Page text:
For those of you that didn’t automatically throw your digital reading device across the room or unsubscribe, allow me to explain.
Like it or not, digital modeling has been around for a few decades, it’s improving, and it’s not going anywhere. Us guitarists for some reason tend to be a cantankerous, stubborn, and contrarian bunch of curmudgeons when it comes to how we make noise. I understand the sentimentality, but logically it still just seems insane to me. We’ll hold on to this specific antique technology, which will then get captured into a digital medium in hopes people will listen to it on their digital devices after the file has been compressed and magically transmitted through the air on technology we can barely comprehend. I mean, to each their own, and if you want to hold on to your 100 watt/lbs tube amp until the last tube manufacturer goes out of business, by all means knock yourself out, have a blast, have a ball. I have a few of those amps and I will cherish them forever.
There are two types of realms in the digital modeling fantasy land:
-Direct/Headphone/Cab Emulated Sounds
-Digital Modeling Amps
This will focus more on the Direct/Headphone/Cab Emulated sounds.
When using digital modeling in the form of a Direct/Headphone/Cab Emulated type of application (Line 6 POD, VST Plugins, Phone Apps, etc.,), it kind of plays a trick on us guitarists. Most of us have spent countless thousands of hours playing through a “traditional” amp with the soundwaves hitting our eardrums directly from the guitar speaker. This raw sound has become what we’re used to hearing when we’re playing our guitars. Some of us even use this visceral bond with our gear to almost play off our interaction with the amp, which adds another layer of aural joy to our beloved hobby/job.
However, when it comes to listening to guitar, 99% of the “holy grail” guitar tones we’ve ever fawned over have been in the form of recorded music. These recorded guitar sounds we hear could have 1,000 different factors affecting it. It starts with the guitar speaker, which then hits a microphone (or 10) then through microphone preamps, compressors, outboard gear, EQs, effects, THEN it gets mixed, mastered, pressed, uploaded, converted, buffered, compressed, and THEN gets colored by your car stereo EQ or headphone amp on your digital device and THEN it finally hits your eardrums. Digital modeling tends to replicate the sound AFTER it has been mic’d and processed. Even 99% of live shows you attend today will have the final guitar sound you hear being the result of mic’ing and processing through the sound system. It’s a completely different tone from the aspect of the player, but, it’s the tone we’re used to hearing as listeners.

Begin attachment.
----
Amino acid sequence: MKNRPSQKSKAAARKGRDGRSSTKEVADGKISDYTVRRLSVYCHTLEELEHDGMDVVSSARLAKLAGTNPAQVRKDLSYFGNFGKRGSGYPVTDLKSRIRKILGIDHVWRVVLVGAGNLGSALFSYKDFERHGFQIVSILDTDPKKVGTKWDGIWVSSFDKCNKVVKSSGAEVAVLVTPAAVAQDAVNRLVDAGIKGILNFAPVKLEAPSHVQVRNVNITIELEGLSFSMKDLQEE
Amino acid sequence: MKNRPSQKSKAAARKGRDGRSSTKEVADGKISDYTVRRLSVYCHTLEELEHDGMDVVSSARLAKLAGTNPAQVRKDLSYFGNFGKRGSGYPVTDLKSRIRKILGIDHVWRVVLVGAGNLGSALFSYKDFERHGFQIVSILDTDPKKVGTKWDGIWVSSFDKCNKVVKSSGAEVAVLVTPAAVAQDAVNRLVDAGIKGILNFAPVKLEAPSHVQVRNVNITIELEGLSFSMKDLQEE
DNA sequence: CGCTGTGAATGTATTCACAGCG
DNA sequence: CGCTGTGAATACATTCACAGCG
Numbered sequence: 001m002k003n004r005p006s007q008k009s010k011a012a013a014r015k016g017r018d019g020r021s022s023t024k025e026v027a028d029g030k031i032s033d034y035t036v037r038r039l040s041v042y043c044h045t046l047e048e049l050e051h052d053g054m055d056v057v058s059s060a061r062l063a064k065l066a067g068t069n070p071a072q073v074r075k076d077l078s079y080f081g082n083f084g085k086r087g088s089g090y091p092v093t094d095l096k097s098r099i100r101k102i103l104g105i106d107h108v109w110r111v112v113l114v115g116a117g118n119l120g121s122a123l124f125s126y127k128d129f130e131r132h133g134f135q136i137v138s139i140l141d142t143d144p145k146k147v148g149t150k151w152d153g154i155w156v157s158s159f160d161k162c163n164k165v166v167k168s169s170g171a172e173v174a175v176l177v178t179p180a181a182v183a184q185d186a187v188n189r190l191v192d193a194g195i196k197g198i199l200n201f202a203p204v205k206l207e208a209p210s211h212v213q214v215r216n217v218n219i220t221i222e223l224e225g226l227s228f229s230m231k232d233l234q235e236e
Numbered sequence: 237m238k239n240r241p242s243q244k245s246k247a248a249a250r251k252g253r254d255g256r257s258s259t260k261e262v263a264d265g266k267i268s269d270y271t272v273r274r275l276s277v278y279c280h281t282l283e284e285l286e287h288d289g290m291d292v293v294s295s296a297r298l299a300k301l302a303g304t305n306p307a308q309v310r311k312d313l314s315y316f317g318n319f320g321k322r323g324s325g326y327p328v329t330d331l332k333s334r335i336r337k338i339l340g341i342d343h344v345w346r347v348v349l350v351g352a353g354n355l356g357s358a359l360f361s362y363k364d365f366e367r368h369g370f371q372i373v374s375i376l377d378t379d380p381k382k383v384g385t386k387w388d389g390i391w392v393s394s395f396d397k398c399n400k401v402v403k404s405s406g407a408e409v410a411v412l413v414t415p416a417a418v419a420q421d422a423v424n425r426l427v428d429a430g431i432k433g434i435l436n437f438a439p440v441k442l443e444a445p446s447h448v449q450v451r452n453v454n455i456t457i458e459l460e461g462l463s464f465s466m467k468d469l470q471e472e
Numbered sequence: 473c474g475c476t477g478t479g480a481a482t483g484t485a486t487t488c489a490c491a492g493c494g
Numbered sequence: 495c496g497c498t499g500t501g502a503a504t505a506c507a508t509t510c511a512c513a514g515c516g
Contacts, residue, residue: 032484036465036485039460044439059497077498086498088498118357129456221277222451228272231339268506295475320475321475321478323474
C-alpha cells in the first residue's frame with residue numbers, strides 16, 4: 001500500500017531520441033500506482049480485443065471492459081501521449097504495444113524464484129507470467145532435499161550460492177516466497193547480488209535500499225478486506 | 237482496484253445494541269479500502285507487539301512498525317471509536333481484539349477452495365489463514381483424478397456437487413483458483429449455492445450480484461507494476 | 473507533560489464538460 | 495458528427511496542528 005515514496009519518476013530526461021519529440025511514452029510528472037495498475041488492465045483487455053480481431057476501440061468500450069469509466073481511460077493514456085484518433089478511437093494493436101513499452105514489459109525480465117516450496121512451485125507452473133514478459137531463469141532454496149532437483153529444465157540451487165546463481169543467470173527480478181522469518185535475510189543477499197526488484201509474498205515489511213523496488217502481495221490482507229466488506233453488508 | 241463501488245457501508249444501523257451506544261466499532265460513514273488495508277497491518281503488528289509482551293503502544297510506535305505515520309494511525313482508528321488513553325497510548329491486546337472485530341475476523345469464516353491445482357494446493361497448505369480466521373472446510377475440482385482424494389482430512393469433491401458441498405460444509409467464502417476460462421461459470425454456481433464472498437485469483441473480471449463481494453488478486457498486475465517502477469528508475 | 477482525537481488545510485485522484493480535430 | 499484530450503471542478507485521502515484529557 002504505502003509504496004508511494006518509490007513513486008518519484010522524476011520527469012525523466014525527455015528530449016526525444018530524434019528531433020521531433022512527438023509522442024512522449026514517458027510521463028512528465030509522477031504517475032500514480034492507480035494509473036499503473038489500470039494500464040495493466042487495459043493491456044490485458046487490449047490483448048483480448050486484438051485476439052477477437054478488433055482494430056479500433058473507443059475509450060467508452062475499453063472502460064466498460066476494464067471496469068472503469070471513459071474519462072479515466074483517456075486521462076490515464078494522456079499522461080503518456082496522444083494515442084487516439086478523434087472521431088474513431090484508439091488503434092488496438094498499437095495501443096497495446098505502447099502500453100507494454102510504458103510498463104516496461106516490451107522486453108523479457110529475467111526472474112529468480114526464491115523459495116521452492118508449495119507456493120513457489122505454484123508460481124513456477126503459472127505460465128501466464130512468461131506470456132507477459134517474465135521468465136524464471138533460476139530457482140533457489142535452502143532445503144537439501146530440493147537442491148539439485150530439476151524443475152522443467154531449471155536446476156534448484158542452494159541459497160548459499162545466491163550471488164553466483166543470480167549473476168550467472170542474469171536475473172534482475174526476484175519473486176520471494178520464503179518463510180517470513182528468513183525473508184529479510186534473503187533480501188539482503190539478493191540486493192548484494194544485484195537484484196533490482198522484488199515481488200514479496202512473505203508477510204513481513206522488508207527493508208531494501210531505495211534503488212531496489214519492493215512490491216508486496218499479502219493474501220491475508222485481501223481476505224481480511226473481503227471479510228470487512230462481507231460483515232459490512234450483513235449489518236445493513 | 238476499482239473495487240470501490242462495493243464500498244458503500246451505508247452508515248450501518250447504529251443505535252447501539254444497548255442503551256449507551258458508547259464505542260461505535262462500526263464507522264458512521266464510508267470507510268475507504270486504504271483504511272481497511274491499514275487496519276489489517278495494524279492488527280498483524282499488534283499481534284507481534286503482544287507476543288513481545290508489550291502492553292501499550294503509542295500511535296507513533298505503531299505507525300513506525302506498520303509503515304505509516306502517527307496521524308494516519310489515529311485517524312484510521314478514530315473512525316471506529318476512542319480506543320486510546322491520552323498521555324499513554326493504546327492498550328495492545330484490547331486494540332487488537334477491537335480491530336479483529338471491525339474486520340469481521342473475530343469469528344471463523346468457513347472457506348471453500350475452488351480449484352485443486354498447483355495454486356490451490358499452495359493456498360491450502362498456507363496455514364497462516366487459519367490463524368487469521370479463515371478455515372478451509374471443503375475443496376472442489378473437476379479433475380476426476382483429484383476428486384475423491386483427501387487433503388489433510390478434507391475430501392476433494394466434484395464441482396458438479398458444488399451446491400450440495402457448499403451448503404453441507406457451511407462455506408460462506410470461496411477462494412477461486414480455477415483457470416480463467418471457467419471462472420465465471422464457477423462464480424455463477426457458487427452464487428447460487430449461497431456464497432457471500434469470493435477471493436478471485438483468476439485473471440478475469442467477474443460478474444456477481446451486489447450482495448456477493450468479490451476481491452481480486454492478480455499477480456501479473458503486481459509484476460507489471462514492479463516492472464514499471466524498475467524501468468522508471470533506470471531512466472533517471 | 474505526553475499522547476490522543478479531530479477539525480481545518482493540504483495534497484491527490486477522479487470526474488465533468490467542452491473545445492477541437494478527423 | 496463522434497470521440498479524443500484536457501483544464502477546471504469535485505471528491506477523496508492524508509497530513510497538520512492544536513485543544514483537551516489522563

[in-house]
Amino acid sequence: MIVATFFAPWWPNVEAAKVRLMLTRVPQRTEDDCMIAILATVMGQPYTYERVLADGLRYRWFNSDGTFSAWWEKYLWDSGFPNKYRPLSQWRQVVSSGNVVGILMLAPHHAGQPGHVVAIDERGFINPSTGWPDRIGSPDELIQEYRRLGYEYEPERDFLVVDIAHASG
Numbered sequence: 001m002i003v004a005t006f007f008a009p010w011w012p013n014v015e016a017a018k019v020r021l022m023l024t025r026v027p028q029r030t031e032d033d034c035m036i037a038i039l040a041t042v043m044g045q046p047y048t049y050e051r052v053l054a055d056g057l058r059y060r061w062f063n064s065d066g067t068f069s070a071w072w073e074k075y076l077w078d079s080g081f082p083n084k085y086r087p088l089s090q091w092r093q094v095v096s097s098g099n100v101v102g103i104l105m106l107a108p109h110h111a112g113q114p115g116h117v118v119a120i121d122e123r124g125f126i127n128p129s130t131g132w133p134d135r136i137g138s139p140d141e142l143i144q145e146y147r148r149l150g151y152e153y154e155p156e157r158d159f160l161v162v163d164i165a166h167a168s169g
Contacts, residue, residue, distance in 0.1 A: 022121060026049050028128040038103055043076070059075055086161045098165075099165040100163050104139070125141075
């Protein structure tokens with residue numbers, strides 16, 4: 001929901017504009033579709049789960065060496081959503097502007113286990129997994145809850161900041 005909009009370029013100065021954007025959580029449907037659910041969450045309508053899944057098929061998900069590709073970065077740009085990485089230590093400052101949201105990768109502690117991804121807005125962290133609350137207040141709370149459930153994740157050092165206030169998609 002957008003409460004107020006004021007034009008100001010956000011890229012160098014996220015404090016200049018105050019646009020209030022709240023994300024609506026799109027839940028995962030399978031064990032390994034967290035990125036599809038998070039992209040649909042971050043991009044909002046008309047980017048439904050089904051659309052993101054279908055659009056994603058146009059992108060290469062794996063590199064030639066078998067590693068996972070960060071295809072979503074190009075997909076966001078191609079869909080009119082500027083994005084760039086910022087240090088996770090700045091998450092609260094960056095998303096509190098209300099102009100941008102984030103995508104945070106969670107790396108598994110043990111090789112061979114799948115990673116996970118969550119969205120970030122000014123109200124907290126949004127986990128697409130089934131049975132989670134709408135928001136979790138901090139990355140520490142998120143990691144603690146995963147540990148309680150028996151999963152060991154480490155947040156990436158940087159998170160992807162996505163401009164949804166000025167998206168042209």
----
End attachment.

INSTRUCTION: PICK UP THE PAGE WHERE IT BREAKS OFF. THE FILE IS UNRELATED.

Why is there such a disconnect between “playing” tones and “listening” tones?
It’s time to get down to the title thesis of this blog post. If you plug into a digital modeler and expect to hear the sound of your amp’s speakers hitting your eardrums, that’s not what it is, that’s not what it is meant to be, and you will probably be disappointed. When you think about it, most recording done these days will have the guitarist sitting in the control room in front of the studio monitors with the amp in a soundproof room down the hall. Playing through a “direct” style of digital modeling provides that same type of playing experience, even without the million dollar studio budget.
Don’t throw the digital baby out with the modeling bath water.
A lot of today’s modeling technology has gotten so good at converting 1’s and 0’s into soundwaves that in a mix it is probably indistinguishable to 99% of the people who will ever hear it (most people aren’t musicians….). High-end modelers like Kemper, Axe-FX, and Line 6 Helix have pushed the boundaries and nuances to the point that a blindfold test can trick even some of the best in the business. Here is an older video of my band. One of us is using an all tube amp. One of us is using a digital modeler. Can you tell which is which?
There are is also modeling in the form of guitar amps, such as the Line 6 Spider, Fender Mustang, Boss Katana, and Marshall Code, just to name a few. These come with a completely different set of expectations. These amps tend to be priced for entry level musicians and have a solid state power section. Most amps in this vein tend to have some of the worst speakers on the market. It doesn’t matter how good the modeling is, if its coming through a subpar speaker, you’re going to get a subpar sound. Back to expectations, if you’re playing a $200 modeling amp, don’t expect it to provide the same experience as a $3,000 Mesa Boogie. The same way you don’t expect a $200 Marshall MG solid state amp to sound like a $3,000 vintage Marshall JCM800 Stack. A speaker upgrade can go a long ways with a modeling amp like this. So many guitarists I know played one of these amps one time and associate all digital modeling with that terrible speaker.
The trick is to know what to expect when using digital modeling. If you expect to feel soundwaves rustling your underbritches which playing through headphones, you’re going to be disappointed. If you expect the sound of raw guitar speaker to eardrum, you’re going to be disappointed. If you expect a Line 6 Spider with an 8″ speaker to sound like a stack, you’re going to be disappointed. But, if you expect to hear a polished “end product” type of sound when plectrum hits strings, then I think you’d be pleasantly surprised by how good this technology can sound. Especially in the new world of Impulse Response (IR) cab simulation, the technology is only improving. As the manufacturers recoup the return on investment from the high end modelers, the technology will become more affordable and accessible to even the most novice amongst us.
The future is looking bright. And digital.